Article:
by Dani Putney

You know, I could kill you.
Nobody would care.

You tell me this as your hips press
my body into the bar wall.

I’m electrified & I know you feel it.
I nod & mutter yes, but you correct me

like I’m a child learning their manners.
Yes what? I recall the night’s contract,

signed with our lips an hour prior
inside Café Lafitte. Yes, sir, I whisper

into your ear. Give me a role
& I’ll amaze you. Your eyes crinkle,

crows escaping into the half-light
of our spectacle. Good boy,

but I already knew this. My father spent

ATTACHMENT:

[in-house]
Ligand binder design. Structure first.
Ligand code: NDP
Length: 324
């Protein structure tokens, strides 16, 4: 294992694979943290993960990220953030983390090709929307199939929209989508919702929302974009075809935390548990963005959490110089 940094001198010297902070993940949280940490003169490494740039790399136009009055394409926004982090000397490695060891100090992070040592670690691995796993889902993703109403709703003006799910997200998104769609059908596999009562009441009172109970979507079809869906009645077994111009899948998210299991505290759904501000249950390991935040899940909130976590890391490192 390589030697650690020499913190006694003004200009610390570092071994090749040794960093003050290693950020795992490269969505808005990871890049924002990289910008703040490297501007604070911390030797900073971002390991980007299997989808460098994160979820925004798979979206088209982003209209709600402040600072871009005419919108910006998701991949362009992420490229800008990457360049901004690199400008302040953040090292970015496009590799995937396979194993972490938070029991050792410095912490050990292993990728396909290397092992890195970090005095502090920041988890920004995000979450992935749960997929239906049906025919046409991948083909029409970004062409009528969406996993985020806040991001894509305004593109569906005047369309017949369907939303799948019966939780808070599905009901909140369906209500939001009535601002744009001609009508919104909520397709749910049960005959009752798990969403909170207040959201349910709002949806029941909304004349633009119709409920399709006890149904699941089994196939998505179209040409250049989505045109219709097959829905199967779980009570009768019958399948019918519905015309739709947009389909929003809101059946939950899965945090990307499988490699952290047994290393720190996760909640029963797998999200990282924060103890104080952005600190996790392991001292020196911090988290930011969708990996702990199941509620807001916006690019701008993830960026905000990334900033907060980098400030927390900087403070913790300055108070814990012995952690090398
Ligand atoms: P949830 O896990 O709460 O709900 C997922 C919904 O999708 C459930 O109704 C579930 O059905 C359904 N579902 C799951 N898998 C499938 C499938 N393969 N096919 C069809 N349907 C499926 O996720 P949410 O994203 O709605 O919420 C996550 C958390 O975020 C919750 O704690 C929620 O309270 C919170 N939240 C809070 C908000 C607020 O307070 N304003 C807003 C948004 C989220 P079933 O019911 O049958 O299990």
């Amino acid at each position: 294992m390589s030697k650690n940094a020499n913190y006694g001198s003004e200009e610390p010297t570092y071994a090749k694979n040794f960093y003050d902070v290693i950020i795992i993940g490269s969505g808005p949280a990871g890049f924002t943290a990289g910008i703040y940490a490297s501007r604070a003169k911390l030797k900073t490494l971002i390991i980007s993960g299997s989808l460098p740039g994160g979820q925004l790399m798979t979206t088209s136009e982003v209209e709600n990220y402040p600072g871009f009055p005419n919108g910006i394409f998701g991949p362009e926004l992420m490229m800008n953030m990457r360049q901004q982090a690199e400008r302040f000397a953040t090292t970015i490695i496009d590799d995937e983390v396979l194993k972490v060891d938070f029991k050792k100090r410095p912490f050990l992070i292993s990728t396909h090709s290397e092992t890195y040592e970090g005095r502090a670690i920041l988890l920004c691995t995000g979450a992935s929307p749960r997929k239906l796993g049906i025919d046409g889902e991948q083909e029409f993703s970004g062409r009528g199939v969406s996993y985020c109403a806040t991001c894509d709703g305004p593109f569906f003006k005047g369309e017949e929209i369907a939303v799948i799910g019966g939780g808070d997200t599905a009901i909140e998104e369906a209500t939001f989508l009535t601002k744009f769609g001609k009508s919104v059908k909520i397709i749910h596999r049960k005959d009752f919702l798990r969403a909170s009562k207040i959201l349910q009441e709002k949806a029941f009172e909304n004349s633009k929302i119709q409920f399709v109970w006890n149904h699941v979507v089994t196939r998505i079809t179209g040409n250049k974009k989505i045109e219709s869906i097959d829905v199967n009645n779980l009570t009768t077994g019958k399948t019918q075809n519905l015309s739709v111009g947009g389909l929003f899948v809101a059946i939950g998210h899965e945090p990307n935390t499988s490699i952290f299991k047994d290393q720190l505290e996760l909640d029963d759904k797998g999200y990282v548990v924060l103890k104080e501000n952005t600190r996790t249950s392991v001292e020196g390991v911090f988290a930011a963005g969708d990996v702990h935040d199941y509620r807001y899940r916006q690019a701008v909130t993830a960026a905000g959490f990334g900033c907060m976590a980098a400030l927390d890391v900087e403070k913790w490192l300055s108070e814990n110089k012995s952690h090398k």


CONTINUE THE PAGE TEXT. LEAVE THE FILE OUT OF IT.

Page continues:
his final years teaching me goodness:

Don’t challenge a man more than twice
your age. Savor each of his words

like a warm glass of milk. Obey.
(No, my mother taught me that.)

I reward you with teeth
grazing your cheek & neck. You groan

like a little bird dying. I like to think
I’m killing you—slow, tender.

Destruction isn’t unilateral,
I want to intellectualize, but you stick

your finger into my mouth & I suck
as instructed. Swallowing your grime,

I look into your black eyes & realize
I’ve won. An angel, you called me

when we first met. Lucky for me
you’ll never learn which one.


Photography by: Ethan Hoover